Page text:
Halsey and Sterett are homeported in San Diego, and are scheduled to operate with the Abraham Lincoln Carrier Strike Group later this year.

USS Halsey Trains for Surface Dominance

By Ensign Andrew Long, USS Halsey Public Affairs

May 9, 2010 - USS HALSEY, At Sea (NNS) -- Navy guided missile destroyer USS Halsey (DDG 97) performed precision maneuvers, screening exercises, and numerous other tactical training evolutions during Destroyer Squadron 9's six-ship group sail May 5 in preparation for joining USS Abraham Lincoln and Carrier Air Wing 2 for strike group training.

The ships conducted precision maneuvers at intervals as close as 300 yards from each other to train in positioning themselves for tactical formations and prepare for a group photo opportunity.

"We don't usually get the opportunity to so closely approach that many ships," said Ensign Donald P. Northrup of Phoenix, the conning officer for the event. "This gave me the opportunity to use the mental math techniques we learned to predict how the ship will move."

Following the initial set of maneuvers, the six surface combatants practiced strike group level screening maneuvers designed to defend a high value unit.

"Our watchstanders maneuvered Halsey with confidence and precision during a unique training opportunity," said Cmdr. Jordy Harrison, of Columbia, Md., Halsey commanding officer.

"We performed exceptionally well," said Chief Operations Specialist Darryl C. Patrick, of Altadena, Calif. "We rapidly cracked the signals, verified their accuracy with the bridge watchstanders, and executed the movements flawlessly."

Shortly after lunch, Halsey participated in the first of a series of quick-response drills. "Man overboard" sounded over the announcing system as crew members scrambled to react within the time limitations. Australian Navy Lt. Cmdr. Dave Murphy, Halsey's professional warfare officer said, "We responded well, and were ready to recover the man in less than 10 minutes."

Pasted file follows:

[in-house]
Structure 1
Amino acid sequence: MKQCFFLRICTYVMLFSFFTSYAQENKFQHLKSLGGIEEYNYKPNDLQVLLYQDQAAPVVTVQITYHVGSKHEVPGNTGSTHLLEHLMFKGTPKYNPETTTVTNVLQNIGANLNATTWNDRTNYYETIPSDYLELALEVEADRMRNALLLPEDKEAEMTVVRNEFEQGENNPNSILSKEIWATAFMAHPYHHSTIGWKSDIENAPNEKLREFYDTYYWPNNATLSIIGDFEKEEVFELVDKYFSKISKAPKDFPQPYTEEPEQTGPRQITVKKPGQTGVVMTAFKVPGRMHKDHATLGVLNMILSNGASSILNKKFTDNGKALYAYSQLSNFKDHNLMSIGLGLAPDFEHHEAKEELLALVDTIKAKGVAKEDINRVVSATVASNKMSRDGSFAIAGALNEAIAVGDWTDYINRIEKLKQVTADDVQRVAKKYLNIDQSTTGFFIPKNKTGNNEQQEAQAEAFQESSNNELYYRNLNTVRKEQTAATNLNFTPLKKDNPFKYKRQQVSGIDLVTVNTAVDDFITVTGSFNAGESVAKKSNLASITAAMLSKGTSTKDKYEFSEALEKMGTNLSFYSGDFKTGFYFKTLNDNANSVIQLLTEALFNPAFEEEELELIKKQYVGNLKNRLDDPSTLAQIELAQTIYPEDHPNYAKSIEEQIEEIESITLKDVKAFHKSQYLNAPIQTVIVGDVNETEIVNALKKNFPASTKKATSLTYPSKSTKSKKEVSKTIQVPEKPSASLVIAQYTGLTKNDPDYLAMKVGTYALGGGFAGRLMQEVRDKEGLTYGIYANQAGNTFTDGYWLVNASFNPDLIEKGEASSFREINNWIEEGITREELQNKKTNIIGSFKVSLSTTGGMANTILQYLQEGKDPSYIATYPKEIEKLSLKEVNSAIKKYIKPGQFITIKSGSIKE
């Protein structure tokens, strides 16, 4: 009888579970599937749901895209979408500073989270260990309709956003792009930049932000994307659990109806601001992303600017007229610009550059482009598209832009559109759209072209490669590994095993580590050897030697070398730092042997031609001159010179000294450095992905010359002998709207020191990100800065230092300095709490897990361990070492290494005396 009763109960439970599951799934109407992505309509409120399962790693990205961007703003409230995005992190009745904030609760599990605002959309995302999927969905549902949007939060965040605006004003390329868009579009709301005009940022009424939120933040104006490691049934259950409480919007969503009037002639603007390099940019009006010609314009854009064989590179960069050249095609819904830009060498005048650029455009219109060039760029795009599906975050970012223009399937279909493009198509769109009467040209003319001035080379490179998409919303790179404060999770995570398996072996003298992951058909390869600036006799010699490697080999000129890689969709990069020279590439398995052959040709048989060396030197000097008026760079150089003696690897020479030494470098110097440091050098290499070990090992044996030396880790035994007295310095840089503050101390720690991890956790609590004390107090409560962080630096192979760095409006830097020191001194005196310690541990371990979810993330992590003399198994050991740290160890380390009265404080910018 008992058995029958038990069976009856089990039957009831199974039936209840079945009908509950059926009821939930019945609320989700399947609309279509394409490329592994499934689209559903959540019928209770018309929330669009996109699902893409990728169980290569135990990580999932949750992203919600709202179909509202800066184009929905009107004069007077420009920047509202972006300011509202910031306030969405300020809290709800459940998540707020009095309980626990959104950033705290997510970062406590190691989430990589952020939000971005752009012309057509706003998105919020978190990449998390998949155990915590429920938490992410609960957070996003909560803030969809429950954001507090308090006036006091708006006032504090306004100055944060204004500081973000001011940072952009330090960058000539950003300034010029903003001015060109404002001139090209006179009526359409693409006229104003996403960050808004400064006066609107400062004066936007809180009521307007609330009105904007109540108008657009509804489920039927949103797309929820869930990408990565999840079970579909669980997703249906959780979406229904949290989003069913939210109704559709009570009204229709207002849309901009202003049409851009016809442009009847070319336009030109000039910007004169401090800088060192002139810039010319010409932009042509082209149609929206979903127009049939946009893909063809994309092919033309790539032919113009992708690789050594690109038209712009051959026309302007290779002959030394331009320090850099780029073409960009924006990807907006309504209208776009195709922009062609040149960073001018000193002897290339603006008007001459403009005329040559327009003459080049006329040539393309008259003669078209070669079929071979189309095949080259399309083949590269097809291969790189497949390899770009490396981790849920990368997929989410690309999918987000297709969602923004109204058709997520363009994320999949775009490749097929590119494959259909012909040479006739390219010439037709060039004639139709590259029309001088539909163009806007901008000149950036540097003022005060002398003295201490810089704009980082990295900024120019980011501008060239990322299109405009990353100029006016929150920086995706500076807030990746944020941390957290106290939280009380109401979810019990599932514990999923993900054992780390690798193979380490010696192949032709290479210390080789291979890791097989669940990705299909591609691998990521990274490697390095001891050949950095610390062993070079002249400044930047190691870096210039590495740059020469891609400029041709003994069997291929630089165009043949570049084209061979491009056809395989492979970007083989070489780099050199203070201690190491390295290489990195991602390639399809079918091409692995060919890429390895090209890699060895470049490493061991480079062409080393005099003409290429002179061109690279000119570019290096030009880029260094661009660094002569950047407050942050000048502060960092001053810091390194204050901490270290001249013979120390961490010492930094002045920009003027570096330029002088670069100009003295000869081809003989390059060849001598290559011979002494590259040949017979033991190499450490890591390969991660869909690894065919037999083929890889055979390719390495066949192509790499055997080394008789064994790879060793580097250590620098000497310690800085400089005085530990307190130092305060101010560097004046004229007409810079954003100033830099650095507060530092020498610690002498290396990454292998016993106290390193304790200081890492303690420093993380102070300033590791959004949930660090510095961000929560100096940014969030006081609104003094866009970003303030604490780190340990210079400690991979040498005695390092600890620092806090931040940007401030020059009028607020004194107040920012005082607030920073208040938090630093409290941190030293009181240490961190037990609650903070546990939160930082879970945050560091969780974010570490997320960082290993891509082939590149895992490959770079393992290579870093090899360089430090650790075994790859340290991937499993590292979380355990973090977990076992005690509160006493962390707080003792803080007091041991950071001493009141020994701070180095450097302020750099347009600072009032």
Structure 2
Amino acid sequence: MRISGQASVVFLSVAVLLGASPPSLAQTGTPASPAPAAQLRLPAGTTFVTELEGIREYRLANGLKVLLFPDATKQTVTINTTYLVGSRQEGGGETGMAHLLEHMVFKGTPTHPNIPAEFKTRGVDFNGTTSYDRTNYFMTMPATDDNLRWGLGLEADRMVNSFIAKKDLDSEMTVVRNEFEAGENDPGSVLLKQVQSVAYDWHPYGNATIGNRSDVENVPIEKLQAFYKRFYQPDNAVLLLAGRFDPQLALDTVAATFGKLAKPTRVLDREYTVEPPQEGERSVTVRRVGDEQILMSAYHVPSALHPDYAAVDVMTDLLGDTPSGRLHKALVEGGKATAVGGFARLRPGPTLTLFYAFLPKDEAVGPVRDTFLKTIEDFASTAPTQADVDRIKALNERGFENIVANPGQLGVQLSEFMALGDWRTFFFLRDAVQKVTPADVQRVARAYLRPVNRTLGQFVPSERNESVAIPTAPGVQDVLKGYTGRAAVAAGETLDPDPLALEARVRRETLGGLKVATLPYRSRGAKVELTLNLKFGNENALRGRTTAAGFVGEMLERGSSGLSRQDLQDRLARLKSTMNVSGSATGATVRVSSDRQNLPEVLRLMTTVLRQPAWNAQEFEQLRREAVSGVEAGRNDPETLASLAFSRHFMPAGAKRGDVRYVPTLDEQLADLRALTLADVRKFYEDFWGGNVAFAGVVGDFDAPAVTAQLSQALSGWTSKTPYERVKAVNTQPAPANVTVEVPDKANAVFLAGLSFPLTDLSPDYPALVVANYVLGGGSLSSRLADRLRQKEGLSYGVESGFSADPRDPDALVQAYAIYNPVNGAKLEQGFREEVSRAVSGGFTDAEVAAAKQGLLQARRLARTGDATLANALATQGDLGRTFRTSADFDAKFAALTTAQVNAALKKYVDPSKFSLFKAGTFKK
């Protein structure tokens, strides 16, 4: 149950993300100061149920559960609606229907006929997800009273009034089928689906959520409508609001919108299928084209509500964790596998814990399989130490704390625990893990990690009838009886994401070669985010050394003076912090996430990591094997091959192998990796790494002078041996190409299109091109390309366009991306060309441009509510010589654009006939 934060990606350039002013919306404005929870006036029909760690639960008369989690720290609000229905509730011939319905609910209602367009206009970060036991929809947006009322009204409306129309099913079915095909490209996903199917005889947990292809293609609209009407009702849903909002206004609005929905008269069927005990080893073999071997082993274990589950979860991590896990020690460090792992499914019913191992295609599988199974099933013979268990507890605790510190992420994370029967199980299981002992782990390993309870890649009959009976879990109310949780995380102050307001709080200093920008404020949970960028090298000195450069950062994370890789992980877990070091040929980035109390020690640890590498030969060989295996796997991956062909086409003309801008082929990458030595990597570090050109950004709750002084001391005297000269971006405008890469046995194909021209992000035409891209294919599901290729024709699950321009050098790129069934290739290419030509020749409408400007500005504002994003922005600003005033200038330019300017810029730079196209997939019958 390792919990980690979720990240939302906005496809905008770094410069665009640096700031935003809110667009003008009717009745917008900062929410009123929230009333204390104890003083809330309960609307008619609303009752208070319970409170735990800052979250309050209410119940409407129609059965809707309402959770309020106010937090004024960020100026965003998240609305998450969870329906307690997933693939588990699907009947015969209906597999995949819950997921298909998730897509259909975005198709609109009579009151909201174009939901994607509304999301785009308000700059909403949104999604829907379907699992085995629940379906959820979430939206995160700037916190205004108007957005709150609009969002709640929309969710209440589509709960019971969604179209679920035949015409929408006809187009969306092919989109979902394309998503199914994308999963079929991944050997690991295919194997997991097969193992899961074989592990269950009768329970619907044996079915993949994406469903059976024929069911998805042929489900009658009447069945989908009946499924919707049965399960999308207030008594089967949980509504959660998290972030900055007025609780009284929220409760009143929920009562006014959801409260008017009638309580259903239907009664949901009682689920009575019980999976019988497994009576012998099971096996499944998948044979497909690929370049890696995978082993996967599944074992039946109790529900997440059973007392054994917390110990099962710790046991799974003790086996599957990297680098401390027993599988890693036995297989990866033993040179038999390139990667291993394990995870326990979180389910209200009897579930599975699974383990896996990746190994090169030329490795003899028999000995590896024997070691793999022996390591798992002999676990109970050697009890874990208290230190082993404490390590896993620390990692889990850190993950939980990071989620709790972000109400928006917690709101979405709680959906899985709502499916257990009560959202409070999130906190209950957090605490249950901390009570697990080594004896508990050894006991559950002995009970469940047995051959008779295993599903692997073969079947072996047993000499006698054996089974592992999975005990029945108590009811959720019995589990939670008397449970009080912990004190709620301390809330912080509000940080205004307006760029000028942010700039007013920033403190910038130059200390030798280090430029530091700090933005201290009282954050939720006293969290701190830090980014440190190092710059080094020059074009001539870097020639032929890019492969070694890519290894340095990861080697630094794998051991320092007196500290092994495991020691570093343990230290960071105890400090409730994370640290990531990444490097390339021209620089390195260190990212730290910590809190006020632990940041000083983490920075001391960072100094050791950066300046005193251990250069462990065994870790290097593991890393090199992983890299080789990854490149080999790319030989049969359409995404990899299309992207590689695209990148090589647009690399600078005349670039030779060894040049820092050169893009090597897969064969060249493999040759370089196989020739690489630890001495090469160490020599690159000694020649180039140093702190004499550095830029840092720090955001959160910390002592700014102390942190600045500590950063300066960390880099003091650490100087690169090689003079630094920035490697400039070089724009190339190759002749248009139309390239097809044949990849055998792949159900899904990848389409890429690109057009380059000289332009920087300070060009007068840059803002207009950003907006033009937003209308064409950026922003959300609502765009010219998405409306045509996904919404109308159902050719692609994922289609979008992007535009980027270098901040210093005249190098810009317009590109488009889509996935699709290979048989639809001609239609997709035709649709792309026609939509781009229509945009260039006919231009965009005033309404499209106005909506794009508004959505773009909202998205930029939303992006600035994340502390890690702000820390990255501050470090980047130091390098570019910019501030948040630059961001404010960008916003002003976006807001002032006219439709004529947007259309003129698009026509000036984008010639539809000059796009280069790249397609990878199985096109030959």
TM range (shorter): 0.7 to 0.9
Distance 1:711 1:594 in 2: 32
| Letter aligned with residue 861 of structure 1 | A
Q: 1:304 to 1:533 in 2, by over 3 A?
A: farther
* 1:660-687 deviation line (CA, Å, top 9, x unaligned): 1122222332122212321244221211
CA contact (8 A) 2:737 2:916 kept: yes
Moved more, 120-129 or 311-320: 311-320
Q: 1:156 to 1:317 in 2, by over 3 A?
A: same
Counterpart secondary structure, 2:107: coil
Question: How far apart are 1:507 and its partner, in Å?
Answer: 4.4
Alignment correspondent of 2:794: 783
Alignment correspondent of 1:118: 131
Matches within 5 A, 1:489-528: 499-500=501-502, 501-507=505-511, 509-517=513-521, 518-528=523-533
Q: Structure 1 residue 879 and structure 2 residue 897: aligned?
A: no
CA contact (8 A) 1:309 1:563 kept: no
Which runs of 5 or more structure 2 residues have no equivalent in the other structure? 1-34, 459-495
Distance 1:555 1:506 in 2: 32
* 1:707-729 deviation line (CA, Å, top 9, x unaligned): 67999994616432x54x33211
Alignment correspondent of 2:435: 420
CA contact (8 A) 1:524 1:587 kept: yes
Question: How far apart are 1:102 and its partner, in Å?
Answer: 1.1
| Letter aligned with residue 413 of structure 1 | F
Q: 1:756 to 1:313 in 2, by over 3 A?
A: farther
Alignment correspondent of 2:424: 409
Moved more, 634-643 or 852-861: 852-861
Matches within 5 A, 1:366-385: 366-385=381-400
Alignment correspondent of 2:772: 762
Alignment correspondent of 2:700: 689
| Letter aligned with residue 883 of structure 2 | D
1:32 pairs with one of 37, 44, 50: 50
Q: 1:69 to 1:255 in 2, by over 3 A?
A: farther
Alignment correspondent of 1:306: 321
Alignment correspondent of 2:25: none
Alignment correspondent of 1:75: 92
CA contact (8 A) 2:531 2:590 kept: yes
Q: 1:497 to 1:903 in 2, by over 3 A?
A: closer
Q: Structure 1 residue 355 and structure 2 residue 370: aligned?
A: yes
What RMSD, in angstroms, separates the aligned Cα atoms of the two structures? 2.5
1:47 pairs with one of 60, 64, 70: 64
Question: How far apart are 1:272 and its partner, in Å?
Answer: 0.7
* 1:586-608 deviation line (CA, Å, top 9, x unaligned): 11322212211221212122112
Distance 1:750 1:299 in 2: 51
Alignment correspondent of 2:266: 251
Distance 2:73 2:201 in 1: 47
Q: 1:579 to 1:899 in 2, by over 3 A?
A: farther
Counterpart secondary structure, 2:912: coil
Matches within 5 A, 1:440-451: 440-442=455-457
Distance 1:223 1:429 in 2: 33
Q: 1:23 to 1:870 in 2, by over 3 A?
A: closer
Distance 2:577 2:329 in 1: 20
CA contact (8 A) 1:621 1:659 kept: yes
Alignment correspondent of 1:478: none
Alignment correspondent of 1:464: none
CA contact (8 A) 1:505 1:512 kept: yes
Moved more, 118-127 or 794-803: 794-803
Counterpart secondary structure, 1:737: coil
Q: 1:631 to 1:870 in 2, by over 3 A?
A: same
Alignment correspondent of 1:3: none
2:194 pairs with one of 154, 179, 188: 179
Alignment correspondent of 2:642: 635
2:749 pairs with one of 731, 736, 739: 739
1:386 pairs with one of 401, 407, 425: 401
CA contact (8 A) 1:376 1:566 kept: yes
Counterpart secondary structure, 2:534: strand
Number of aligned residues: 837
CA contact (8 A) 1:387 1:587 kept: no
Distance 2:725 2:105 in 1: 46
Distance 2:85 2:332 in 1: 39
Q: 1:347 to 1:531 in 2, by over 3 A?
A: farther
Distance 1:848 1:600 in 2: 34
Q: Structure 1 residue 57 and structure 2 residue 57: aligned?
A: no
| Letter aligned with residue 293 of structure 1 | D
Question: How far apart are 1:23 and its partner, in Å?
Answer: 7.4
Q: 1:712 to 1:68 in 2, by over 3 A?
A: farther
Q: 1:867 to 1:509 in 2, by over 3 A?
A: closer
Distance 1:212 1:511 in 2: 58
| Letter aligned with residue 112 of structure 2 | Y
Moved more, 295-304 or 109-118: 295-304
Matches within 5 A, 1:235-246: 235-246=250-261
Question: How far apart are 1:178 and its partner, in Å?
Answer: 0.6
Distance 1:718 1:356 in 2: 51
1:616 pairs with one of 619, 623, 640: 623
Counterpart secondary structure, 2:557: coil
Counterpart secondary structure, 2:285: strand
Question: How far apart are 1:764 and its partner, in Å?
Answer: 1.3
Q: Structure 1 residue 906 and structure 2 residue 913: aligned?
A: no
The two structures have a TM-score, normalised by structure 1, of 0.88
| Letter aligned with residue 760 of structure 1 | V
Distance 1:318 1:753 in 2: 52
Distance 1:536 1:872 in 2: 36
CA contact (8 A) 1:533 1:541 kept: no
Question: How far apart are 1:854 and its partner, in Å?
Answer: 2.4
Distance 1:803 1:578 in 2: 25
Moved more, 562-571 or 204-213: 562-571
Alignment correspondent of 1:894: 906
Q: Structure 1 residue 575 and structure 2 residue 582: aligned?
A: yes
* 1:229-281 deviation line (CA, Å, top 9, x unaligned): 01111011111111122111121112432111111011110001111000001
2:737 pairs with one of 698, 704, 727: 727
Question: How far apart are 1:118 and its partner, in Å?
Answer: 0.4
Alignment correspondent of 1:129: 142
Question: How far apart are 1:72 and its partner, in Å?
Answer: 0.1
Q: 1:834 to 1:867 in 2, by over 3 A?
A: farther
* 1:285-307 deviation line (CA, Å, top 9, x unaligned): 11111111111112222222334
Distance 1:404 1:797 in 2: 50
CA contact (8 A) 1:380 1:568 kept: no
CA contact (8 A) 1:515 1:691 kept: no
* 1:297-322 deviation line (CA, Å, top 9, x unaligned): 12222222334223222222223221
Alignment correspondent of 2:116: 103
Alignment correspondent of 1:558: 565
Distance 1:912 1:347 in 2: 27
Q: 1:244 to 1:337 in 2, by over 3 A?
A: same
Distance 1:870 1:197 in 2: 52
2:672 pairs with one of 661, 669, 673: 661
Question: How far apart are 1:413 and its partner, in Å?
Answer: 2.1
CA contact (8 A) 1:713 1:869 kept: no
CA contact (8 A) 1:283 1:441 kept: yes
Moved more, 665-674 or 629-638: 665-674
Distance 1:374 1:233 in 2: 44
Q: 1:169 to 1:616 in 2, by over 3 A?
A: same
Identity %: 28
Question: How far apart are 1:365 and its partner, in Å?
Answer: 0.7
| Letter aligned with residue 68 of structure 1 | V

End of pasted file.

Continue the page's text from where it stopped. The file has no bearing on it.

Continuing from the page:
As the day progressed, Anti-Submarine Warfare Officer Ensign Jamie J. Boudreaux, anti-submarine warfare officer, led an exercise to simulate tracking a submarine and honing internal communications. "We practiced building unit cohesion between ships and the warfare commander, which will prepare us for missions we may be called upon to undertake during our upcoming deployment," said Boudreaux, a native of Houma, La.

The final exercise of the day was an electronic warfare exercise. Watchstanders flexed Halsey's ability to identify other ships nearby. "The exercise was a good opportunity for us to evaluate how effective we are at identifying electronic emissions," said Cryptologic Technician 2nd Class Grace J. Kirkland, of Athens, Ohio.

"Group sail is a critical element in preparing us for our upcoming deployment," said Harrison. "I am extremely proud of the crew for their outstanding performance, and am confident we will be ready to execute any mission we are required to perform during deployment in support of our nation's maritime strategy."

Halsey is homeported in San Diego and is scheduled to operate with the Abraham Lincoln Carrier Strike Group later this year.

The Players Championship Honors Military

By Mass Communication Specialist 2nd Class Daniel Gay, Navy Public Affairs Support Element East, Detachment Southeast